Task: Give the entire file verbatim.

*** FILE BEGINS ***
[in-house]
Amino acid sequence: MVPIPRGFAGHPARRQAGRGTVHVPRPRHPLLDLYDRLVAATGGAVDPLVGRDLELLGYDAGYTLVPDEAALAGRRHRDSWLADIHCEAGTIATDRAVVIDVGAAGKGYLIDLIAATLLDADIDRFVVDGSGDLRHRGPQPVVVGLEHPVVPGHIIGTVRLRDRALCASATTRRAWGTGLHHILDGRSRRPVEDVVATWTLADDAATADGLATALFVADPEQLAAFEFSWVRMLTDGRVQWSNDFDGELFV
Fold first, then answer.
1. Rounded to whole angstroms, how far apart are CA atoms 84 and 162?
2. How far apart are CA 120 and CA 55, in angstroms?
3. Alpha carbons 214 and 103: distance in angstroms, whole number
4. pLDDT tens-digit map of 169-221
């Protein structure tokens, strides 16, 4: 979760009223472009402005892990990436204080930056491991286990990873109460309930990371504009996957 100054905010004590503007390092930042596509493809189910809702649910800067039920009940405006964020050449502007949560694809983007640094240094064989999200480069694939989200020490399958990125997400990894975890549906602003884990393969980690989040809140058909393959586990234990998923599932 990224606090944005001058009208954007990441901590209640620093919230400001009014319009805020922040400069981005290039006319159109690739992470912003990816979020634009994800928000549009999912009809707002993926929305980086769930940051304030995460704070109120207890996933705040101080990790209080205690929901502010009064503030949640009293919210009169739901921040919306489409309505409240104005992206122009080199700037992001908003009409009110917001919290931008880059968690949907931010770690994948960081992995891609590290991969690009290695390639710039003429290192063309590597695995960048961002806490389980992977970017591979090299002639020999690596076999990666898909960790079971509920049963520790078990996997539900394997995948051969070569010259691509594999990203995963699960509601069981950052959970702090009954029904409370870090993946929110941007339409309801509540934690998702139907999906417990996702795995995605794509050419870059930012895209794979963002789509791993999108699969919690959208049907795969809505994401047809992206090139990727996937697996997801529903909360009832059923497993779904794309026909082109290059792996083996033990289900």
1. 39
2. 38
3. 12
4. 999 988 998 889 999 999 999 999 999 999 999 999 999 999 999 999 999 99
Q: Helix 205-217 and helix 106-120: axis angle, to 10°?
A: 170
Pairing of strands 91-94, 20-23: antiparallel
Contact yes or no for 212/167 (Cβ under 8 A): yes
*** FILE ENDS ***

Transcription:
[in-house]
Amino acid sequence: MVPIPRGFAGHPARRQAGRGTVHVPRPRHPLLDLYDRLVAATGGAVDPLVGRDLELLGYDAGYTLVPDEAALAGRRHRDSWLADIHCEAGTIATDRAVVIDVGAAGKGYLIDLIAATLLDADIDRFVVDGSGDLRHRGPQPVVVGLEHPVVPGHIIGTVRLRDRALCASATTRRAWGTGLHHILDGRSRRPVEDVVATWTLADDAATADGLATALFVADPEQLAAFEFSWVRMLTDGRVQWSNDFDGELFV
Fold first, then answer.
1. Rounded to whole angstroms, how far apart are CA atoms 84 and 162?
2. How far apart are CA 120 and CA 55, in angstroms?
3. Alpha carbons 214 and 103: distance in angstroms, whole number
4. pLDDT tens-digit map of 169-221
């Protein structure tokens, strides 16, 4: 979760009223472009402005892990990436204080930056491991286990990873109460309930990371504009996957 100054905010004590503007390092930042596509493809189910809702649910800067039920009940405006964020050449502007949560694809983007640094240094064989999200480069694939989200020490399958990125997400990894975890549906602003884990393969980690989040809140058909393959586990234990998923599932 990224606090944005001058009208954007990441901590209640620093919230400001009014319009805020922040400069981005290039006319159109690739992470912003990816979020634009994800928000549009999912009809707002993926929305980086769930940051304030995460704070109120207890996933705040101080990790209080205690929901502010009064503030949640009293919210009169739901921040919306489409309505409240104005992206122009080199700037992001908003009409009110917001919290931008880059968690949907931010770690994948960081992995891609590290991969690009290695390639710039003429290192063309590597695995960048961002806490389980992977970017591979090299002639020999690596076999990666898909960790079971509920049963520790078990996997539900394997995948051969070569010259691509594999990203995963699960509601069981950052959970702090009954029904409370870090993946929110941007339409309801509540934690998702139907999906417990996702795995995605794509050419870059930012895209794979963002789509791993999108699969919690959208049907795969809505994401047809992206090139990727996937697996997801529903909360009832059923497993779904794309026909082109290059792996083996033990289900």
1. 39
2. 38
3. 12
4. 999 988 998 889 999 999 999 999 999 999 999 999 999 999 999 999 999 99
Q: Helix 205-217 and helix 106-120: axis angle, to 10°?
A: 170
Pairing of strands 91-94, 20-23: antiparallel
Contact yes or no for 212/167 (Cβ under 8 A): yes